­8:25 GMT: The three members of Pussy Riot have arrived at court for sentencing.

Reuters/Tatyana Makeyeva
Reuters/Tatyana Makeyeva

­8:20 GMT: Activists belonging to feminist group FEMEN have taken a chainsaw to a cross in Kiev, Ukraine, in support of Pussy Riot. The felled cross was in a park near Independence Square in the center of the city. “This act of the FEMEN group calls on all forces of society to mercilessly cut down all rotten religious prejudices from our minds that only serve as the foundation of dictatorships and impede the development of democracy and the freedom of women,” the group said.

Reuters/Anatolii Stepanov
Reuters/Anatolii Stepanov

­8:12 GMT: In a poll released by the Levada Center, 44 per cent of Russians believe that the trial of Pussy Riot is “being conducted fairly, objectively, and impartially,” Russian daily Kommersant reports. Another 17 per cent do not believe the trial is being conducted fairly, and 18 per cent believe that the punishment will be harsher than deserved, the poll says.  Of those questioned, 25 percent believe the reason for the delays in the judicial process were either “personal revenge of the Patriarch and the president” or “the desire of those in power to frighten the opposition.” Six per cent believe the process is being driven by Patriarch Kirill, and eight per cent say the Putin administration is behind the trial.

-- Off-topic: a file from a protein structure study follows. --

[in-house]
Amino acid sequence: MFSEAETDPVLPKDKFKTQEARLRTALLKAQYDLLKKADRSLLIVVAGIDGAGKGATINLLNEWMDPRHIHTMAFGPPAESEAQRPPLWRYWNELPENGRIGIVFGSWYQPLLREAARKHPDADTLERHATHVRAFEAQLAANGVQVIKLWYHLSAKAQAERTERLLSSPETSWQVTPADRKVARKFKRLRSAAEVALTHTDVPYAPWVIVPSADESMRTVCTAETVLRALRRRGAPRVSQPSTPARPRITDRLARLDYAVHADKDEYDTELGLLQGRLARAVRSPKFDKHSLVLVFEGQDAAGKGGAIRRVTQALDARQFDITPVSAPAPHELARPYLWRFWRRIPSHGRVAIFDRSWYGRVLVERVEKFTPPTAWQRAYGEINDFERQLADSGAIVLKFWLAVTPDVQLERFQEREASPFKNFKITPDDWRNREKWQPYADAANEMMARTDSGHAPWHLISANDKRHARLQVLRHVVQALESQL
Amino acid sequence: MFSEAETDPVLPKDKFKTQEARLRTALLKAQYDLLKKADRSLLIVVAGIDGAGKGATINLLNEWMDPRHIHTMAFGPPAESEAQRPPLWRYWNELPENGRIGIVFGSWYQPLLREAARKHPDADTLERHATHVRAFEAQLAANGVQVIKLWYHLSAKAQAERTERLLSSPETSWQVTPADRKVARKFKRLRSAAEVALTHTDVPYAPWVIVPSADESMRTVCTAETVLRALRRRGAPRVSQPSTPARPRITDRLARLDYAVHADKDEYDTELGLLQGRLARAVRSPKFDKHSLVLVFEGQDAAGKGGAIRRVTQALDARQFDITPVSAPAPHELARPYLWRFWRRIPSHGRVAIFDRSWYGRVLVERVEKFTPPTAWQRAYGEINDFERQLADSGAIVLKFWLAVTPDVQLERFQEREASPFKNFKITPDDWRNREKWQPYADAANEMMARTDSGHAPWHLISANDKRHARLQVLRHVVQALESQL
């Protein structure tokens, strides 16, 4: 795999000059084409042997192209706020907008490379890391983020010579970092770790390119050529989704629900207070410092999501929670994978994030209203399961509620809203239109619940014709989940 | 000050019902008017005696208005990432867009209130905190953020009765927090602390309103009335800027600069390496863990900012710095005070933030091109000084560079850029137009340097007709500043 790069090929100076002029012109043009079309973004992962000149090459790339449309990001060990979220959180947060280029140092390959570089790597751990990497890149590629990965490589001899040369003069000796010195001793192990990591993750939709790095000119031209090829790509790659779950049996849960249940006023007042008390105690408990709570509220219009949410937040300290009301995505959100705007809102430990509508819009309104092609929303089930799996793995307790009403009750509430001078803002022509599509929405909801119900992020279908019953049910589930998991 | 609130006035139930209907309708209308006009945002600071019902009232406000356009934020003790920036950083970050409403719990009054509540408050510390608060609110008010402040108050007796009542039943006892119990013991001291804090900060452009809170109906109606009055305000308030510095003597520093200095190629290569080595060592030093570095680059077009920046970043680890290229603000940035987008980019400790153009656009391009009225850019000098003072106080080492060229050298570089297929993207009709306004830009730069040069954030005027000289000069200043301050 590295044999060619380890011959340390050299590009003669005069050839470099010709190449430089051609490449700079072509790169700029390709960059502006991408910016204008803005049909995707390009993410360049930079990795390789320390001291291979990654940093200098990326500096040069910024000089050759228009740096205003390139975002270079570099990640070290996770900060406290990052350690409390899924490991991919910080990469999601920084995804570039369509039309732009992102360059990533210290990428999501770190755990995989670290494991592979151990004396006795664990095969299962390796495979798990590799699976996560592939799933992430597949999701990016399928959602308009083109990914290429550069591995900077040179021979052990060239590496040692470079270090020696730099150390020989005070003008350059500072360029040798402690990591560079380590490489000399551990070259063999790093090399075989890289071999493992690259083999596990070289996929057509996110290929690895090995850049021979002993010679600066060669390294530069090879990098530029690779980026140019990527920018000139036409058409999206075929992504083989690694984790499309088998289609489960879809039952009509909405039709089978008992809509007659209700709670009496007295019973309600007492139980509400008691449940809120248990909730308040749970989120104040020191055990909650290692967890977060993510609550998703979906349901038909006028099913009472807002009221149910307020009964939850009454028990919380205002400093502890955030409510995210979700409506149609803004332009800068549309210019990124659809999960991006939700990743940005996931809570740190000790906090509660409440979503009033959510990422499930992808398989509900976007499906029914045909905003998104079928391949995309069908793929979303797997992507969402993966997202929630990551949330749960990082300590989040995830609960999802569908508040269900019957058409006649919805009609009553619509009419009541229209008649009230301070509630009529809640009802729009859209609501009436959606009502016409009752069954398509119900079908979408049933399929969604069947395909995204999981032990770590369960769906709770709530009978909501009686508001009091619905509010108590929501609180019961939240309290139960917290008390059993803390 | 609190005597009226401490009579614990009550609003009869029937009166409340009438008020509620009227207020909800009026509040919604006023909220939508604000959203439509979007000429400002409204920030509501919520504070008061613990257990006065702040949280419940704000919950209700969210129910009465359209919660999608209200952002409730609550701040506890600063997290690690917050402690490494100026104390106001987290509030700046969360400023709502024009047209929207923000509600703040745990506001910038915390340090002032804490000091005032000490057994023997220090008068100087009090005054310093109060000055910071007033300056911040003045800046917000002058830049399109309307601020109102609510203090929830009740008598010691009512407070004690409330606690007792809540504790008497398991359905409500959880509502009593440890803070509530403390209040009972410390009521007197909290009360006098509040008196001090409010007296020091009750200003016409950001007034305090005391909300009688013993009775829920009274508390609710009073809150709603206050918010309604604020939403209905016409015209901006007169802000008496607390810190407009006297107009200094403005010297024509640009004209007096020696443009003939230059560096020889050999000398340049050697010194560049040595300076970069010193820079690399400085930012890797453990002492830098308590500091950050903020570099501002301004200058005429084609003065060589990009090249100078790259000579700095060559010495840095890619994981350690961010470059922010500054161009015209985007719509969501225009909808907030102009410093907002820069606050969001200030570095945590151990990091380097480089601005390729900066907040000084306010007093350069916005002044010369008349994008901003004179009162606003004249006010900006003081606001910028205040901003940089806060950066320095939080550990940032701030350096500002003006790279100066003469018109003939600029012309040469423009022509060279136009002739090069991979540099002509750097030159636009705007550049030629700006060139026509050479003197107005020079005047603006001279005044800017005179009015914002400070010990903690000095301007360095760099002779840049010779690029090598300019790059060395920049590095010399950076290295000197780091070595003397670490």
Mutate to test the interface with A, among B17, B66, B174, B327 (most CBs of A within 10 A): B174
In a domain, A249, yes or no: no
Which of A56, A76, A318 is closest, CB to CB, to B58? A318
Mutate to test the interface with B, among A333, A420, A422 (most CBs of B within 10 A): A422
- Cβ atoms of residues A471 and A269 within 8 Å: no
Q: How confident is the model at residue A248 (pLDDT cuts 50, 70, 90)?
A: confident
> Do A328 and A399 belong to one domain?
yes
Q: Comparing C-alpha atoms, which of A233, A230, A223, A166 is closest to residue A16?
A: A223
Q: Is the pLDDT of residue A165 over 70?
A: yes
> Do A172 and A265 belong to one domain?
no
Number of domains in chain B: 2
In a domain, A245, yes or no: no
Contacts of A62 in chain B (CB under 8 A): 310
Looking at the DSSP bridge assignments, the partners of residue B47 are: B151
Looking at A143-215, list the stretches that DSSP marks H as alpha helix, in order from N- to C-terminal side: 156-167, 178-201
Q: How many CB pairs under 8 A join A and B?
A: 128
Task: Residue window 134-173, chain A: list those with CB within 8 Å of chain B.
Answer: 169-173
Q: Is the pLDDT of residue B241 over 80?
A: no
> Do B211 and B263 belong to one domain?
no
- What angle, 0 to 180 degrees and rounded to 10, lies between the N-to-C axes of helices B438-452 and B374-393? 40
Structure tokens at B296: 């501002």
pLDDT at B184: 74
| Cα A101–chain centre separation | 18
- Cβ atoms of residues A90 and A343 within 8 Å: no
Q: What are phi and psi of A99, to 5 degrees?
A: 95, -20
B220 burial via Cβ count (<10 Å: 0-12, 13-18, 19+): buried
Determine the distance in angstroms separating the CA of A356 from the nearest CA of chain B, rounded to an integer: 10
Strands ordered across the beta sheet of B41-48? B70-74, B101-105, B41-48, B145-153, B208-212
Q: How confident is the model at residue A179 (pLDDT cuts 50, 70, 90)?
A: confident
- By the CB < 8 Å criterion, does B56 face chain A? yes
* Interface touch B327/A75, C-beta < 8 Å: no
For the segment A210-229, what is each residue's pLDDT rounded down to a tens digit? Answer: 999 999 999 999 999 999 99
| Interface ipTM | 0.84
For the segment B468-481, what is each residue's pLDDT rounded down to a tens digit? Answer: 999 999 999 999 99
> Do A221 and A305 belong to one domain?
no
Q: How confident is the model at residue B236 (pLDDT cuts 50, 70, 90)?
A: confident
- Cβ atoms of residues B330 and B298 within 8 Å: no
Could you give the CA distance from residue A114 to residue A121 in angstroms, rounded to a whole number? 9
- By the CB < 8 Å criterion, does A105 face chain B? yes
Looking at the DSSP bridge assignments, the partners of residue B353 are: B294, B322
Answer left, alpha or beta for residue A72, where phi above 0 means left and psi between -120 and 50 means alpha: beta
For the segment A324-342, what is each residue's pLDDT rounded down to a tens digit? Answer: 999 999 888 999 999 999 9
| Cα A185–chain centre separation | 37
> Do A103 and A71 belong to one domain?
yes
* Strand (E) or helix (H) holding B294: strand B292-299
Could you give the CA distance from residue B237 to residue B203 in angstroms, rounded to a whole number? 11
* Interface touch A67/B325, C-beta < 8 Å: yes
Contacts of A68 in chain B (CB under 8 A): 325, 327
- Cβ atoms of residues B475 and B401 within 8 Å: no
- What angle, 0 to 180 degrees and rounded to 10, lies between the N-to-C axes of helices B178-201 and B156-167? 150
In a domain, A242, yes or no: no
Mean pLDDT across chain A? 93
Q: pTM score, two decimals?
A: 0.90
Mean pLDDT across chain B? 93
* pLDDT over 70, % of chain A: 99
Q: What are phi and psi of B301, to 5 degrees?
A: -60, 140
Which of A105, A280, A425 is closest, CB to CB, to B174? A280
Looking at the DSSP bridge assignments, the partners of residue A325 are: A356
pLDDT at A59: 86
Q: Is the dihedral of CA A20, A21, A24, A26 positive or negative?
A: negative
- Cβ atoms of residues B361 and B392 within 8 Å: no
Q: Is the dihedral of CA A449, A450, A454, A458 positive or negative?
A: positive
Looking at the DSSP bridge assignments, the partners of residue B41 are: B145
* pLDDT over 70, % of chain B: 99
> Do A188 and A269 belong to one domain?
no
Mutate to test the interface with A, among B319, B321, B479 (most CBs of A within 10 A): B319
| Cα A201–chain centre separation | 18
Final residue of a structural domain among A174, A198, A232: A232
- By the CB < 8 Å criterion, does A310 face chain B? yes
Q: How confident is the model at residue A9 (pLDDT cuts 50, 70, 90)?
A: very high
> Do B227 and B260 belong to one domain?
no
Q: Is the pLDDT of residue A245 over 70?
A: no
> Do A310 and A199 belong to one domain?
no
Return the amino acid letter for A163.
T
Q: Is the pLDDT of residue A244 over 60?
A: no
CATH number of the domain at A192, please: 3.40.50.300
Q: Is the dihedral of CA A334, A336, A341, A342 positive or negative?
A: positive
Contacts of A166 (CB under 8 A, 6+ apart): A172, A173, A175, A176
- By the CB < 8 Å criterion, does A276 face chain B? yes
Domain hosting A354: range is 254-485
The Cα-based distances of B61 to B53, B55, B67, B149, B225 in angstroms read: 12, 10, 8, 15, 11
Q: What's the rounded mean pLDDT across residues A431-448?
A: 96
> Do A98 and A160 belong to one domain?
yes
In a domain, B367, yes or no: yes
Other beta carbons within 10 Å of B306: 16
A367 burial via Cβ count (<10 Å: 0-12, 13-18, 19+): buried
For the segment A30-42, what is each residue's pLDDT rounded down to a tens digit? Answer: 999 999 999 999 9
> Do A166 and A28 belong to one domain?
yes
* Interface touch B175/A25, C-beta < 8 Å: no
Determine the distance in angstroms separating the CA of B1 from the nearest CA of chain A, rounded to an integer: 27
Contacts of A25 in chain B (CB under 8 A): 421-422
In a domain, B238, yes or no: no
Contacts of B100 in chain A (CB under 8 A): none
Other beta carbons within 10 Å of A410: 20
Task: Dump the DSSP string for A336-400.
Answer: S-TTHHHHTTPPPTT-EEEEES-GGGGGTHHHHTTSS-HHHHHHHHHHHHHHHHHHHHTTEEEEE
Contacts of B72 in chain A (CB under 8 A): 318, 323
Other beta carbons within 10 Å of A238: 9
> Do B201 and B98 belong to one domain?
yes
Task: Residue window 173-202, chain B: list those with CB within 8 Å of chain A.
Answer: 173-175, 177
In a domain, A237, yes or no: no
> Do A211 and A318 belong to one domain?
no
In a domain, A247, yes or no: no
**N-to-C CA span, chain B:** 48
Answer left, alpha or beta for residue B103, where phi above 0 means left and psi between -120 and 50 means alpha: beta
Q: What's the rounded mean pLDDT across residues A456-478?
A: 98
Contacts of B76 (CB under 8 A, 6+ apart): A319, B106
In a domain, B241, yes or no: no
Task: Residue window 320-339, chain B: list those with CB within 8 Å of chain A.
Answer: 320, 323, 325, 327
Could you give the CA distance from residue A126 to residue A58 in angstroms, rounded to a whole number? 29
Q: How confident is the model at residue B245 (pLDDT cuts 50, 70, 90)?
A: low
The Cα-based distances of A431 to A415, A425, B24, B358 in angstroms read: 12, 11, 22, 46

­08:00 GMT: RT’s website is under DDoS attack, our hosting provider confirmed.

­7:55 GMT:  RT’s Peter Oliver is reporting from the courthouse protests. He saw a protester wearing a shirt that read 'WE ARE ALL Pussy Riot…17.08.12 at 14:00.'

‎‏Image from @Vasilevskaya_RT
‎‏Image from @Vasilevskaya_RT

­7:50 GMT: Pussy Riot supporters in Bulgaria have struck. A monument in honor of Red Army Soldiers was found adorned with colorful fabric stockings resembling the Pussy Riot balaclavas on Friday, Russian Itar-Tass news agency reports. The monument was not defaced in any other way.

­7:35 GMT: Police have cordoned off Rostovsky Pereulok number 7, the street where the courthouse is located and the site of planned protests. Residents are having trouble entering their homes due to the police blockade.

Image from Twitter/@PeterGOliver_RT
Image from Twitter/@PeterGOliver_RT

­7:33 GMT: Protestors have begun gathering outside of Moscow's Khamovnichesky Court in anticipation of the verdict.

Image from Twitter/@PeterGOliver_RT
Image from Twitter/@PeterGOliver_RT